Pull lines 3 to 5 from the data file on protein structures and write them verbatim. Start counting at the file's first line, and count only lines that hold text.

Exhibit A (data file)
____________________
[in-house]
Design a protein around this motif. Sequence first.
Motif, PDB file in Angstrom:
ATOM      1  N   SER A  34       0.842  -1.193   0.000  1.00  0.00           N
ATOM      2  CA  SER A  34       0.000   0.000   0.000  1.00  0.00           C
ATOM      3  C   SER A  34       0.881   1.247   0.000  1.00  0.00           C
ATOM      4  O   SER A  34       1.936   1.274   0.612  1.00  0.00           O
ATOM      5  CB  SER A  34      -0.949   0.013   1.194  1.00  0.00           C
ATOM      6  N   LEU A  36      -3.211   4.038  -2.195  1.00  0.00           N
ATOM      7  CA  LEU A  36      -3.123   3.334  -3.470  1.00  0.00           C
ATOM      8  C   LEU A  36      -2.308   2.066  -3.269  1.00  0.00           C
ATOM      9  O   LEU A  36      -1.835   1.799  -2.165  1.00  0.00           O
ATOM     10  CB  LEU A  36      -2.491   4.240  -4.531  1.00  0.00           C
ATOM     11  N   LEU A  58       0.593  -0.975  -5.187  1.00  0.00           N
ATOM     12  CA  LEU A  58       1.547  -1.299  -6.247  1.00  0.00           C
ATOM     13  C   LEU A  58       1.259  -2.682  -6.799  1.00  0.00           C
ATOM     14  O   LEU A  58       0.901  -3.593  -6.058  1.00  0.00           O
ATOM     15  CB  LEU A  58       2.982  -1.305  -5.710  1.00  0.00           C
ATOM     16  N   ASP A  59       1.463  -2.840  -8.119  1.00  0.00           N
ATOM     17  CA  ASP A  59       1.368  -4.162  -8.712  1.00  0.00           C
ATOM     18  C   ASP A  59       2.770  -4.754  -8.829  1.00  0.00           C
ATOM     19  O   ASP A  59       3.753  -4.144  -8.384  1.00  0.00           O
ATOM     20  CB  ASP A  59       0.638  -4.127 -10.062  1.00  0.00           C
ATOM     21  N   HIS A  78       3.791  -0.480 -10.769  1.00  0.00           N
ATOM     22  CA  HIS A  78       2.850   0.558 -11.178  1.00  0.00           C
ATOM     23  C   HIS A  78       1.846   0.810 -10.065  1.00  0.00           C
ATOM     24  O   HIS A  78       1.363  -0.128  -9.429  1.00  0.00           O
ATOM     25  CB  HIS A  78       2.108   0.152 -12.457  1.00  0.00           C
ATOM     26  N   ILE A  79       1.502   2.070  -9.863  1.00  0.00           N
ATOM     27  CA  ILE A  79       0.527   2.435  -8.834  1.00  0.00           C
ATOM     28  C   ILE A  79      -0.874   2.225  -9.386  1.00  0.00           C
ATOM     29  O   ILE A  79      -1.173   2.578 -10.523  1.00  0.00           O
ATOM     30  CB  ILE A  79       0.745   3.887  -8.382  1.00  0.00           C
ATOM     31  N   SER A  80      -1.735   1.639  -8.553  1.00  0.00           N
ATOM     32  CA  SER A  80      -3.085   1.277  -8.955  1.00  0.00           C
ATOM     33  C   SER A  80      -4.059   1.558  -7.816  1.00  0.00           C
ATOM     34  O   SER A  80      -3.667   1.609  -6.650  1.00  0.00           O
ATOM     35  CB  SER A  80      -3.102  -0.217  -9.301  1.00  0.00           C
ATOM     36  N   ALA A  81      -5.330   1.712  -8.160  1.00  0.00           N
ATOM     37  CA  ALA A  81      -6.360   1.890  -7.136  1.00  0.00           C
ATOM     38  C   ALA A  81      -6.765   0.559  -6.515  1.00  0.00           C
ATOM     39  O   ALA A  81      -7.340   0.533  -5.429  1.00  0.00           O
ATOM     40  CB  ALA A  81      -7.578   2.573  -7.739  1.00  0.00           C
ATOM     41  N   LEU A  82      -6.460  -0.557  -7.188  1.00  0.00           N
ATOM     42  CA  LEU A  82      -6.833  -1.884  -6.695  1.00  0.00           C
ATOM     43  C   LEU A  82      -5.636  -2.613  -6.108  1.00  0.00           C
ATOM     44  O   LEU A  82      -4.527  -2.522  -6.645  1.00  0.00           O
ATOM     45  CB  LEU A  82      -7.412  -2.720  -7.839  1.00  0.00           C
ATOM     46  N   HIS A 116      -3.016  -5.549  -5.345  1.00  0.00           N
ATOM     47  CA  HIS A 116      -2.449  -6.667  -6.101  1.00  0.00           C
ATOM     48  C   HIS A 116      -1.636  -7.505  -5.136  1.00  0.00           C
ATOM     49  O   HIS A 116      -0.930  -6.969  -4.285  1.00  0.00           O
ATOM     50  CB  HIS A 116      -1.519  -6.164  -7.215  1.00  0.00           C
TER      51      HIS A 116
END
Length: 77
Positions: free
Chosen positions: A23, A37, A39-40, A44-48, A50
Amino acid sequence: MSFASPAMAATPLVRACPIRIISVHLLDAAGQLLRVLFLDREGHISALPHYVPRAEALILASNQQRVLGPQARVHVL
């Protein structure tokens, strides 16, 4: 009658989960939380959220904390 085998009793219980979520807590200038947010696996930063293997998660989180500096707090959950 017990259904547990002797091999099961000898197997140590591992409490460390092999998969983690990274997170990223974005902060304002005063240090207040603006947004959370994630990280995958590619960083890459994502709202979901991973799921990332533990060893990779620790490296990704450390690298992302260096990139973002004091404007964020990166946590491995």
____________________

Motif, PDB file in Angstrom:
ATOM      1  N   SER A  34       0.842  -1.193   0.000  1.00  0.00           N
ATOM      2  CA  SER A  34       0.000   0.000   0.000  1.00  0.00           C